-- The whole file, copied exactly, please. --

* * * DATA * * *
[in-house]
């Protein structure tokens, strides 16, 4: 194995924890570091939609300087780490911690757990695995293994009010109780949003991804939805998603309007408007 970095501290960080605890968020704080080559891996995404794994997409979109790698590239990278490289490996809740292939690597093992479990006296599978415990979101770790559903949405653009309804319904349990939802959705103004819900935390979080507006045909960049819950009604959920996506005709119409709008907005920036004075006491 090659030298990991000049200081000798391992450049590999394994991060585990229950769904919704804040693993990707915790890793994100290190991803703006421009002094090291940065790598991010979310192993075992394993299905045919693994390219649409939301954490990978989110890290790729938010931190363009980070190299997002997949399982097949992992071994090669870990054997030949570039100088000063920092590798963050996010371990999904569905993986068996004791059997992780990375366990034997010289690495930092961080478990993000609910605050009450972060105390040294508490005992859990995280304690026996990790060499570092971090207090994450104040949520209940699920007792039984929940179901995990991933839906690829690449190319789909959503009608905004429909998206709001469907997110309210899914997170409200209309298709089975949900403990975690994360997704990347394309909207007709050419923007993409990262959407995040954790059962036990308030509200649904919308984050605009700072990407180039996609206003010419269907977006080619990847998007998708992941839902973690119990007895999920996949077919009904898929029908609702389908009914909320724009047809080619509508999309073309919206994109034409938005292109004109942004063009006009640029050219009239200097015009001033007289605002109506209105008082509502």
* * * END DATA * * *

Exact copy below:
[in-house]
């Protein structure tokens, strides 16, 4: 194995924890570091939609300087780490911690757990695995293994009010109780949003991804939805998603309007408007 970095501290960080605890968020704080080559891996995404794994997409979109790698590239990278490289490996809740292939690597093992479990006296599978415990979101770790559903949405653009309804319904349990939802959705103004819900935390979080507006045909960049819950009604959920996506005709119409709008907005920036004075006491 090659030298990991000049200081000798391992450049590999394994991060585990229950769904919704804040693993990707915790890793994100290190991803703006421009002094090291940065790598991010979310192993075992394993299905045919693994390219649409939301954490990978989110890290790729938010931190363009980070190299997002997949399982097949992992071994090669870990054997030949570039100088000063920092590798963050996010371990999904569905993986068996004791059997992780990375366990034997010289690495930092961080478990993000609910605050009450972060105390040294508490005992859990995280304690026996990790060499570092971090207090994450104040949520209940699920007792039984929940179901995990991933839906690829690449190319789909959503009608905004429909998206709001469907997110309210899914997170409200209309298709089975949900403990975690994360997704990347394309909207007709050419923007993409990262959407995040954790059962036990308030509200649904919308984050605009700072990407180039996609206003010419269907977006080619990847998007998708992941839902973690119990007895999920996949077919009904898929029908609702389908009914909320724009047809080619509508999309073309919206994109034409938005292109004109942004063009006009640029050219009239200097015009001033007289605002109506209105008082509502």